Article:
Special Education Needs Programme

  • The Special Education Needs (SEN) programme for Schools offers a range of multi-sensory sessions themed around key objects across the collections. Each session focuses on one key object and incorporates storytelling, role-play, dressing-up, touch objects, scents and sounds to help interpret the object. A popular session is based on samurai armour, where pupils look at and try on armour in the Medieval Renaissance galleries before exploring the armour in the Japan gallery. The session in the galleries is followed by a practical making session where pupils get to create their own samurai helmet.

Artist in Residence

  • The V&A Learning Department’s Residency programme aims to inspire public interest in contemporary practice and enable artists to further their career through engaging with V&A staff, collections and audiences. Two Japanese artists have participated in the programme in the last few years: Keiko Masumoto was the Toshiba Ceramics Resident from April to September 2013, and Japanese-born Nao Matsunaga was appointed as the Mid-Career UK-based Ceramics Resident for the period April to September 2014.


The V&A, together with Alexander McQueen, invited Japanese fashion journalists to the opening events for Alexander McQueen: Savage Beauty and coverage generated for the exhibition included Vogue Japan. There is also a film focusing on the Japan collection and re-opening of the Toshiba Gallery of Art and Design for the new dedicated V&A channel on British Airways in-flight entertainment system. This went ‘live’ in early 2016. The V&A currently has more than 4,000 followers on social media from Japan.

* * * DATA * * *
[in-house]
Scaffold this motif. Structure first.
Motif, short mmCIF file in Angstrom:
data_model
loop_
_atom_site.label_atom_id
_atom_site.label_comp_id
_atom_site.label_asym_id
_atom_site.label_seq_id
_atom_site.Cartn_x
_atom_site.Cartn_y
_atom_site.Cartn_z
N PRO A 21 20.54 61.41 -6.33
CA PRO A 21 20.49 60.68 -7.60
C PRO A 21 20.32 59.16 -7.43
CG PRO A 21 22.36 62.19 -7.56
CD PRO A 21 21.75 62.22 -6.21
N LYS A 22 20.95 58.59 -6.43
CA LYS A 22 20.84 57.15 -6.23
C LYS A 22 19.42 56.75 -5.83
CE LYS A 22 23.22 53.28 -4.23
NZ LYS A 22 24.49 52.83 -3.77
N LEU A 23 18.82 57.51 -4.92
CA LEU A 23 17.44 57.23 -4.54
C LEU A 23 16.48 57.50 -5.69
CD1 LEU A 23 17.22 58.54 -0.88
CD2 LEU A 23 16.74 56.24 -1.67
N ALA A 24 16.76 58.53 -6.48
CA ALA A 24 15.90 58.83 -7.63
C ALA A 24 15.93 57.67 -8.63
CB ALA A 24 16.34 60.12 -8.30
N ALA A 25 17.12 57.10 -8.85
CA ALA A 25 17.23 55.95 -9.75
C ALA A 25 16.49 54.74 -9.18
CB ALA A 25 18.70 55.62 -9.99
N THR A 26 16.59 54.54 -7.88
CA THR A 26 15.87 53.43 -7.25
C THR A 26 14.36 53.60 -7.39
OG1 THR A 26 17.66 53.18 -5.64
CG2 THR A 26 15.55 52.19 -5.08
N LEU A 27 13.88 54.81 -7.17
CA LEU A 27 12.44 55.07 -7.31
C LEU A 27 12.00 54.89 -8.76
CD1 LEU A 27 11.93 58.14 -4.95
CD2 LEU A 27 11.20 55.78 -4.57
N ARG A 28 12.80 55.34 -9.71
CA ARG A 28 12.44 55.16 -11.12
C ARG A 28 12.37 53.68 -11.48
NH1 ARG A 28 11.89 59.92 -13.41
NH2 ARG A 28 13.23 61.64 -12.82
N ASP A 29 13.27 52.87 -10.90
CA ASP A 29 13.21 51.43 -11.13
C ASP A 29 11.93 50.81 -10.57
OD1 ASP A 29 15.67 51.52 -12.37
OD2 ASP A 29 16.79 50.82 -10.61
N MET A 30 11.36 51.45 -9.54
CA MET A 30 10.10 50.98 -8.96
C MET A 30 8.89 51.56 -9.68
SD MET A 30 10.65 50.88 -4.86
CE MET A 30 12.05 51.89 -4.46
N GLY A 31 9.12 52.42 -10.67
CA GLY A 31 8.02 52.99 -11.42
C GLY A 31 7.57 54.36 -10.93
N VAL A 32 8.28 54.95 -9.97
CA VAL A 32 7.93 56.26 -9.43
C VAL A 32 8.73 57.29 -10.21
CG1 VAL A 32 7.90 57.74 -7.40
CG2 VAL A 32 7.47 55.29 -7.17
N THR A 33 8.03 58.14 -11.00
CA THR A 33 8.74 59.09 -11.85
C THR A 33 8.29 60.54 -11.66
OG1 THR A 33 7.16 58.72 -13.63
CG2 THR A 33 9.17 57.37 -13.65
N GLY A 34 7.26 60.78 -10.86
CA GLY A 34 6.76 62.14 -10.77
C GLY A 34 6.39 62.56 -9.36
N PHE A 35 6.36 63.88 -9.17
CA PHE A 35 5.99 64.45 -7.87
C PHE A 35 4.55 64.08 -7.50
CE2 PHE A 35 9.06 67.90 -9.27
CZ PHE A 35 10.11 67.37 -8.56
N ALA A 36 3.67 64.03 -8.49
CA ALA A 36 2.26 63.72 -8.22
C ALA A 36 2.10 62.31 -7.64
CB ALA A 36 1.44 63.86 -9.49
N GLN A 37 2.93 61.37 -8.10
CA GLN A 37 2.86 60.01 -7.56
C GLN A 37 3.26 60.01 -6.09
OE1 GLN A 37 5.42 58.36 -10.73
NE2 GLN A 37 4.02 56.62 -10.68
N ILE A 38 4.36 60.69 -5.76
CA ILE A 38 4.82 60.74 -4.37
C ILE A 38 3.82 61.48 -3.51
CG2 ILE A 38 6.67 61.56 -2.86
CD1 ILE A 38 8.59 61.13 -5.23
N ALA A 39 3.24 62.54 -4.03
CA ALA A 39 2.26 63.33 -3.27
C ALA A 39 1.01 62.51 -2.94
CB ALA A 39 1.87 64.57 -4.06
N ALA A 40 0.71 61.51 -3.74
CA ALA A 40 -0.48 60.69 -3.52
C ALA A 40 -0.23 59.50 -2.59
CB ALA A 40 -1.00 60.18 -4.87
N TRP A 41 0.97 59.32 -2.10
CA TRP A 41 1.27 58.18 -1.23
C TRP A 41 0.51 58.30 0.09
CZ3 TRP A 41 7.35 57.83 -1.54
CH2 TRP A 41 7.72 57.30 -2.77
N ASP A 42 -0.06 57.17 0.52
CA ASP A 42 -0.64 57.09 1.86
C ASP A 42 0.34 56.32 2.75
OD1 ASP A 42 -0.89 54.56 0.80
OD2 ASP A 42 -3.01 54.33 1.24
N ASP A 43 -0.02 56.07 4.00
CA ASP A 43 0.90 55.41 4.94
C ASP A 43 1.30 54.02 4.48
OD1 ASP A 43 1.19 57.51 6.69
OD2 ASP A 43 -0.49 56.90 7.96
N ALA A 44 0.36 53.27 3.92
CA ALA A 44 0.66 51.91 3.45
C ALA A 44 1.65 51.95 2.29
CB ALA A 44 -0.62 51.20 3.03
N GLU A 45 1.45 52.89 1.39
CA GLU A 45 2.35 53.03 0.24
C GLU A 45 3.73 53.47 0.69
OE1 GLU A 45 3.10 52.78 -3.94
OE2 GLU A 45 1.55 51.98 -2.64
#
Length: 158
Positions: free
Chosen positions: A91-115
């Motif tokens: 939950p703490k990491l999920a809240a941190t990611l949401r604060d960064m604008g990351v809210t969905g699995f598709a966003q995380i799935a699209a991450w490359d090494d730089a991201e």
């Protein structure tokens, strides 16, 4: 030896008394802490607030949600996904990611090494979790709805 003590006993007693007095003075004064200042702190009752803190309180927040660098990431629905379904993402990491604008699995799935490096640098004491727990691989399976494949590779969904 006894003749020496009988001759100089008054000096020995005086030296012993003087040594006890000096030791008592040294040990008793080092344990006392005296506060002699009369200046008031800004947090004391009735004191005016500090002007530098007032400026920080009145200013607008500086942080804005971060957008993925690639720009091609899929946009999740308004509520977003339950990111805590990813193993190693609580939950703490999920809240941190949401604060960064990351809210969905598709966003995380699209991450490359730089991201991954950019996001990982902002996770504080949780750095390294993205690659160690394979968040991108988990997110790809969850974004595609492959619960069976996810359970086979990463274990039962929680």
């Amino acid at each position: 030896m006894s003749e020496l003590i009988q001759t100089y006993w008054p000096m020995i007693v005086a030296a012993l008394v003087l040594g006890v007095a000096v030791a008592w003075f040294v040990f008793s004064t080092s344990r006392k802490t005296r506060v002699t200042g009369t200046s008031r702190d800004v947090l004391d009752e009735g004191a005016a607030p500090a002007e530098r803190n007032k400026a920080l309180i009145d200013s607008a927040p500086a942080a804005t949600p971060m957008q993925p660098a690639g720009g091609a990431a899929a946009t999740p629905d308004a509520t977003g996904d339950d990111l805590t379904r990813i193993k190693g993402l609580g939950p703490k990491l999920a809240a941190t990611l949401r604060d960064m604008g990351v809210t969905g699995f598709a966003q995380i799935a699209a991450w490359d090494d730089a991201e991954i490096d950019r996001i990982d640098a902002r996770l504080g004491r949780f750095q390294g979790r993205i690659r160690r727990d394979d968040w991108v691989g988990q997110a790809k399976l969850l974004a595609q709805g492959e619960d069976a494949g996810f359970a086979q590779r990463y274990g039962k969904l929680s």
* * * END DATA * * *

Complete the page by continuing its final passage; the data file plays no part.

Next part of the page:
Institutional Collaborations

As a centre of academic excellence, the V&A has established productive networks with universities, museums, and other institutions across Japan. These have included the following:

  • The support of the Toshiba Corporation allowed the establishment of the Toshiba Gallery of Japanese Art at the V&A in December 1986, and this relationship has recently been extended until 31 December 2021. This generous support has enabled the V&A to upgrade and redisplay the Toshiba Gallery and to publish a new introduction to Japanese art and design; both ventures were completed in November 2015.
  • In collaboration with the Art Research Centre (ARC) of Ritsumeikan University in Kyoto, an ongoing and long-term project has been the digitisation of the V&A’s Japanese print collection. The first outcome of this has been the uploading of 39,000 digital images of the collection onto the Museum’s online database.


‘Fashion and Translation: Britain, Japan, China, Korea’
This is a research project led by Dr Sarah Cheang (Royal College of Art) and Dr Elizabeth Kramer (University of Northumbria) and funded by an AHRC Network grant to develop a network of UK- and internationally-based art and design historians, anthropologists, sociologists, artists, industry professionals and museum curators to investigate transnational fashion exchange between Britain, Japan, China, and Korea from 1860 to the present. Anna Jackson, Keeper of the V&A’s Asian Department, and Helen Persson, ex-V&A curator are core participants in the project. The first workshop was held by the Royal College of Art on 16-17 April 2014 and included a visit to the Clothworkers’ Centre for the Study and Conservation of Textiles and Fashion at Blythe House. Further workshops were held at the University of Northumbria, Newcastle (July 2014) and Bunka Gakuen University, Tokyo (February 2015). For future details, please visit the website.

The Mazarin Chest Project